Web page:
RTS – The system should provide the retailer with the ability to allow an order to expire if it is not picked up within a retailer-defined number of days, but immediately notify the customer when it has, and then, the items returned to stock (RTS).
Order Cancellations – A well-architected, fully-integrated system should enable the retailer’s Customer Service function to cancel an order that hasn’t passed a logical point-of-no-return in the system. To do that, every order has to reflect its current status and must provide a vehicle to notify the process in question of the cancelation.
Uniformity of Packing Slips – The packing slips that customers see when they receive shipments should look the same, irrespective of the channel of origin.
Outsourced Fulfillment – If the retailer outsources fulfillment to a 3PL, the interfaces can be more complex. Systems that support APIs are desirable because ideally, information should be communicated in real time.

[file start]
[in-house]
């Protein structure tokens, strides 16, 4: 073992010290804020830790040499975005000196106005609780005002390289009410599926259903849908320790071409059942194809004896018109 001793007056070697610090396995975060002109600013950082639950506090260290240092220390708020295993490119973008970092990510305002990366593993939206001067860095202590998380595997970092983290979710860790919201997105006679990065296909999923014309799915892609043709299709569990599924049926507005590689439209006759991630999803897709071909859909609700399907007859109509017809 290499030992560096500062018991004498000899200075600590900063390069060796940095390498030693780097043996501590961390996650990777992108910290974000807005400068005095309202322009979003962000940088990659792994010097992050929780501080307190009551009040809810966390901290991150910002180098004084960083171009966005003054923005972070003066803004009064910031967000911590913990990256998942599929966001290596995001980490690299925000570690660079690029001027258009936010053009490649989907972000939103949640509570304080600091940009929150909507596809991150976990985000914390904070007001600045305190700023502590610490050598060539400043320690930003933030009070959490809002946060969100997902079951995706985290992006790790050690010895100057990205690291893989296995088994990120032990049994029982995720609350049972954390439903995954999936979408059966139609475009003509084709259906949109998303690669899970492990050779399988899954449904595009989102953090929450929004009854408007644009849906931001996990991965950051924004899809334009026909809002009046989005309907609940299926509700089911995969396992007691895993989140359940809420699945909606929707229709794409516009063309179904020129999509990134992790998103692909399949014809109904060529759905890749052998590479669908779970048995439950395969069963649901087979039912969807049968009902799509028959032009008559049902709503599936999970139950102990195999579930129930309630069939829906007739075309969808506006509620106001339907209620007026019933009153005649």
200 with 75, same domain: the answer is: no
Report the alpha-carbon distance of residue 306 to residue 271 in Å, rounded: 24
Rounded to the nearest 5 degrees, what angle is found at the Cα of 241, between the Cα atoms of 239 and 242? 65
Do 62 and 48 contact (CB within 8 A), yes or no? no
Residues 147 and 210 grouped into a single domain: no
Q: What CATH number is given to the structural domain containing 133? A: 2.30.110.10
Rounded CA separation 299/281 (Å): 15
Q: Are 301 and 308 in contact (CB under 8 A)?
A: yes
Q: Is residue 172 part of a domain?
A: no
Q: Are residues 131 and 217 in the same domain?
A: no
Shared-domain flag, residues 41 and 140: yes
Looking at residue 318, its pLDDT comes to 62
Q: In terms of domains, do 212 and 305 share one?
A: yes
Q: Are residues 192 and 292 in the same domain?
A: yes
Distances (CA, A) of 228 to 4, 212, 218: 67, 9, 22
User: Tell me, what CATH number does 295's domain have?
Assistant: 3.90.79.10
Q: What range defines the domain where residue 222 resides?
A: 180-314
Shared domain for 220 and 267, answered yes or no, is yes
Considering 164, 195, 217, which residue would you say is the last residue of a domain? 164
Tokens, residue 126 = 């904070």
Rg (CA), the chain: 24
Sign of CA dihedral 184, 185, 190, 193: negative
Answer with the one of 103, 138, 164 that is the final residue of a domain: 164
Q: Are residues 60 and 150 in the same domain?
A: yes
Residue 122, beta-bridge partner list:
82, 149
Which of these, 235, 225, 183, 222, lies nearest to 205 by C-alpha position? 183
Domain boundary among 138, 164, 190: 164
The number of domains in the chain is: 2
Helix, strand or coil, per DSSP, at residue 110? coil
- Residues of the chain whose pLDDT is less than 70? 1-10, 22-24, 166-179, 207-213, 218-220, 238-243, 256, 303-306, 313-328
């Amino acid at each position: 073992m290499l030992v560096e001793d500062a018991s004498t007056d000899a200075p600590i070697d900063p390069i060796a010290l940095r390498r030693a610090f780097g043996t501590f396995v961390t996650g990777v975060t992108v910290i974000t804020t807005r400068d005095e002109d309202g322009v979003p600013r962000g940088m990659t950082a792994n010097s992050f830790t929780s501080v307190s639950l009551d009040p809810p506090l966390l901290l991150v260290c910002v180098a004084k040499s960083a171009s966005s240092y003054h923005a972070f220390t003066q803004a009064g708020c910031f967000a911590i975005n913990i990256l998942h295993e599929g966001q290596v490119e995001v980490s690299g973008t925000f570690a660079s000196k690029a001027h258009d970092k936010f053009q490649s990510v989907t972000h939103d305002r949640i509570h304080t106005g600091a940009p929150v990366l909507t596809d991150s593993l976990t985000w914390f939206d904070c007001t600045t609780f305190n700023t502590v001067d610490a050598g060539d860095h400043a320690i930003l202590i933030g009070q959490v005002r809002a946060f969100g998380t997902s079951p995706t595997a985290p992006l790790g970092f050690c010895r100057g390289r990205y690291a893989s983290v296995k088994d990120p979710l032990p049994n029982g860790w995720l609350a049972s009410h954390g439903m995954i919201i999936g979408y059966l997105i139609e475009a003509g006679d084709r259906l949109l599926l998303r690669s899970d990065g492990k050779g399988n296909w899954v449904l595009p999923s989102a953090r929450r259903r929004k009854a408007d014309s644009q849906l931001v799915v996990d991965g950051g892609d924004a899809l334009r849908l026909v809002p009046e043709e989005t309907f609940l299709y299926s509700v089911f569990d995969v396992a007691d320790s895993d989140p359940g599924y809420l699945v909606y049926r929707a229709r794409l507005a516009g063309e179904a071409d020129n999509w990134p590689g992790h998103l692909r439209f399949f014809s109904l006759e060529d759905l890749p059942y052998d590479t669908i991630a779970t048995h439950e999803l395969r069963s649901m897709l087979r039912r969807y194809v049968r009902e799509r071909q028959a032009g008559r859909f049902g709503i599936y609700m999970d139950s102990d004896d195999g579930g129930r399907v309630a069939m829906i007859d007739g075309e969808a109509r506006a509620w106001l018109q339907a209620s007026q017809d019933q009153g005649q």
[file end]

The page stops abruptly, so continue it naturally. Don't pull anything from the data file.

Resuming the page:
Compensation for Sales Performance – This is a much-discussed topic. Who is compensated how much for what, is an area that retailers have to address. A good system may provide the ability for the retailer to specify what percentage of what transactions is credited (for compensation purposes) to each function in the enterprise. This can be done also outside the system, using the transaction data as desired by the retailer’s financial management.
Because there is a huge sense of urgency to take on these activities as competition increases, of all the retailers needing to adopt an omnichannel strategy, not many are positioned to embrace this type of change, either because of thin resources or a general lack of knowledge of how to go about it. Waiting is not an option.